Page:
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Cruz v. Ghani

Court of Appeals of Texas, Fifth District, Dallas

July 22, 2019

ERWIN CRUZ AND THE ERWIN A. CRUZ FAMILY LIMITED PARTNERSHIP, BOTH OF THEM INDIVIDUALLY AND ON BEHALF OF NORTH DALLAS MEDICAL IMAGING, LP, PLANO AMI, LP, AND GHANI MEDICAL INVESTMENTS, INC., Appellants
v.
MEHRDAD GHANI, Appellee

          On Appeal from the 101st Judicial District Court Dallas County, Texas, Trial Court Cause No. DC-10-16274

         Before the En Banc Court Opinion

          OPINION AND ORDERON MOTION FOR EN BANC RECONSIDERATION

          CORY L. CARLYLE JUSTICE.

         Erwin Cruz and the Erwin A. Cruz Family Limited Partnership, each individually and on behalf of North Dallas Medical Imaging, LP, Plano AMI, LP, and Ghani Medical Investments, Inc., appealed the trial court's judgment notwithstanding the verdict in favor of Mehrdad Ghani. After the court's original opinion issued, appellants and appellee each filed motions for rehearing. The court denied the motions for rehearing, withdrew its original opinion, vacated its judgment, and issued a different opinion on rehearing. Cruz v. Ghani, No. 05-17-00566-CV, 2018 WL 6566642 (Tex. App.-Dallas Dec. 13, 2018, pet. filed) (mem. op.).

         The parties again filed motions for rehearing, both of which were denied on January 8, 2019, because rule 49.3 requires denial in the absence of "a majority of the justices who participated in the decision of the case." See Tex. R. App. P. 49.3. Appellants filed a motion for en banc reconsideration fifteen days after that order issued. The en banc court requested appellee to file a response and appellee did so, arguing the motion for en banc reconsideration was untimely and that this court lacked jurisdiction to consider it.

         When construing rules of procedure, courts apply the same rules of construction that govern the interpretation of statutes. Ford Motor Co. v. Garcia, 363 S.W.3d 573, 579 (Tex. 2012). When a rule of procedure is clear and unambiguous, we construe the rule's language according to its plain or literal meaning. See Tex. Dep't of Transp. v. Needham, 82 S.W.3d 314, 318 (Tex. 2002); In re Caballero, 272 S.W.3d 595, 599 (Tex. 2008) ("In doing this, we give effect to all [a rule's] words and, if possible, do not treat any [] language as mere surplusage.").

         Rule of appellate procedure 49.7 says,

A party may file a motion for en banc reconsideration as a separate motion, with or without filing a motion for rehearing. The motion must be filed within 15 days after the court of appeals' judgment or order, or when permitted, within 15 days after the court of appeals' denial of the party's last timely filed motion for rehearing or en banc reconsideration. While the court has plenary power, a majority of the en banc court may, with or without a motion, order en banc reconsideration of a panel's decision. If a majority orders reconsideration, the panel's judgment or order does not become final, and the case will be resubmitted to the court for en banc review and disposition.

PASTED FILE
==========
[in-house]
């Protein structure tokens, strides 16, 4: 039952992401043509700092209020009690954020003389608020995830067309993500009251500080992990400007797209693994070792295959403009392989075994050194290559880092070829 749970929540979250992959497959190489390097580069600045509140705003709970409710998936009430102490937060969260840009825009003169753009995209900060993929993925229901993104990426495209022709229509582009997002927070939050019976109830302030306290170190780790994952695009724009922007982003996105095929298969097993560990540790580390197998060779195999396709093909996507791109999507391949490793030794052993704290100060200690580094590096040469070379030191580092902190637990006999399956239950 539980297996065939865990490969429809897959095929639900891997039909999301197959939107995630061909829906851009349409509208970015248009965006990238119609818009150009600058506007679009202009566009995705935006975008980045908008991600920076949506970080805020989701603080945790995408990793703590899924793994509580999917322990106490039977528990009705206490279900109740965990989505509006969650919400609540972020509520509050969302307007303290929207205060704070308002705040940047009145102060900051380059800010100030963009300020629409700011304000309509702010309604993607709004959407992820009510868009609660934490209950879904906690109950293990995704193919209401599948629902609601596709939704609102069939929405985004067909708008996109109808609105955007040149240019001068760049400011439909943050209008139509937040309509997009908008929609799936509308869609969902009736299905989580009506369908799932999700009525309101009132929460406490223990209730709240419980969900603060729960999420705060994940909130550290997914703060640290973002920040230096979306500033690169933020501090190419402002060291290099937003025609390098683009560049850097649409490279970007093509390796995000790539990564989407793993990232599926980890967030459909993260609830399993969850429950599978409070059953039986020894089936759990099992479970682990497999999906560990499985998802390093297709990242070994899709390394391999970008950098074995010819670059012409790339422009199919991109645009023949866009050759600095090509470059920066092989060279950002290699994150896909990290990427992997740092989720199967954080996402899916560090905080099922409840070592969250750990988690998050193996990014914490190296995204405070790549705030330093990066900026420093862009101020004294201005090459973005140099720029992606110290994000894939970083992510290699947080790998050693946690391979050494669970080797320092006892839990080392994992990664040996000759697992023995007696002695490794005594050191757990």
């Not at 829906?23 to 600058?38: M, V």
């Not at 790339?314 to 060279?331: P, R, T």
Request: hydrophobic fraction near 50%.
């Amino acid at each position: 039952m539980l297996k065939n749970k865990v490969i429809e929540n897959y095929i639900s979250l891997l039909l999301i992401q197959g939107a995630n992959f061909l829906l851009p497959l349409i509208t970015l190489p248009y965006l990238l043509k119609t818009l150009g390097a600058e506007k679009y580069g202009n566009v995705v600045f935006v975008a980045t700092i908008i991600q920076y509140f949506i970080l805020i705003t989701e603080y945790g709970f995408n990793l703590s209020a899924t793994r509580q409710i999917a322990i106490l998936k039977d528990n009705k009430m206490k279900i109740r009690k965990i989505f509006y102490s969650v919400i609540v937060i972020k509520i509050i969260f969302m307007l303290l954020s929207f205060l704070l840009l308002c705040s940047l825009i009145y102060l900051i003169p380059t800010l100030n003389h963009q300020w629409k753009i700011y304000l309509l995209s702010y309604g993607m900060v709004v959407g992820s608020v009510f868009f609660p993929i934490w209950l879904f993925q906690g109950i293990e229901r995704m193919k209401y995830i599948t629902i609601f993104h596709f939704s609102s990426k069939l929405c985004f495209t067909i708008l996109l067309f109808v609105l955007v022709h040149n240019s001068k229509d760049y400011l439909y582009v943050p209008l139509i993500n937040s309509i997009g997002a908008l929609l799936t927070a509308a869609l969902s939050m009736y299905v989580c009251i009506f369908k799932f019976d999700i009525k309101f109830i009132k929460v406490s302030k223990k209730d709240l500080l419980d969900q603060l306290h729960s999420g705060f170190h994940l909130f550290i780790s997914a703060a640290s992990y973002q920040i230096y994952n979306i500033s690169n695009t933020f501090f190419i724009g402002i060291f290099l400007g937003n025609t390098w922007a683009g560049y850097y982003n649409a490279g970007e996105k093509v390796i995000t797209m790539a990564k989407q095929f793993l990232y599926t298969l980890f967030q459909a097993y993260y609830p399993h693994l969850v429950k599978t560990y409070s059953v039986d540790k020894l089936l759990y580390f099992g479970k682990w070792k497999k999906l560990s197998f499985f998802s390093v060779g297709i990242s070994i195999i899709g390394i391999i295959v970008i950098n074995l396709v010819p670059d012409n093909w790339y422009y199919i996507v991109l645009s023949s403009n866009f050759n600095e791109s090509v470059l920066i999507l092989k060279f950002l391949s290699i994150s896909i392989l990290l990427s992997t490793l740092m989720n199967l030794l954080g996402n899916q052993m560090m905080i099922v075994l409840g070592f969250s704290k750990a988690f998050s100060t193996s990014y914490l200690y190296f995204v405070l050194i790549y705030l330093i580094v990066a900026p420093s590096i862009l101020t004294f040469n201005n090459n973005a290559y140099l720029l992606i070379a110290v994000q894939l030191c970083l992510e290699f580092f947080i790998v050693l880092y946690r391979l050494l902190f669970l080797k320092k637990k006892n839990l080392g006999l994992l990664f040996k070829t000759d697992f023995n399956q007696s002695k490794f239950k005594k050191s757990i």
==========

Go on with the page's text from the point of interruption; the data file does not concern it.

Tex. R. App. P. 49.7 (amended in 2008, adding the first two sentences to the rule). The supreme court added the phrase "when permitted" to rule 49.7 in 2008 and no court has clarified its meaning. The phrase's meaning gives us pause.[1]

         The rules of appellate procedure "recognize the goal of just, fair, and equitable resolution of issues." In re M.N., 262 S.W.3d 799, 802 (Tex. 2008). The supreme court tells us to "construe the Rules of Appellate Procedure reasonably, yet liberally, so that the right to appeal is not lost by imposing requirements not absolutely necessary to effect the purpose of a rule." Verburgt v. Dorner, 959 S.W.2d 615, 616-17 (Tex. 1997) (citations omitted); accord Kunstoplast of Am., Inc. v. Formosa Plastics Corp., USA, 937 S.W.2d 455, 456 (Tex. 1996). The supreme court also said in Verburgt that it "has never wavered from the principle that appellate courts should not dismiss an appeal for a procedural defect whenever any arguable interpretation of the Rules of Appellate Procedure would preserve the appeal." Verburgt, 959 S.W.2d at 616.[2] Further, the supreme court's opinion in City of San Antonio v. Hartman, 201 S.W.3d 667 (Tex. 2006), gives us issue-specific guidance.

         I.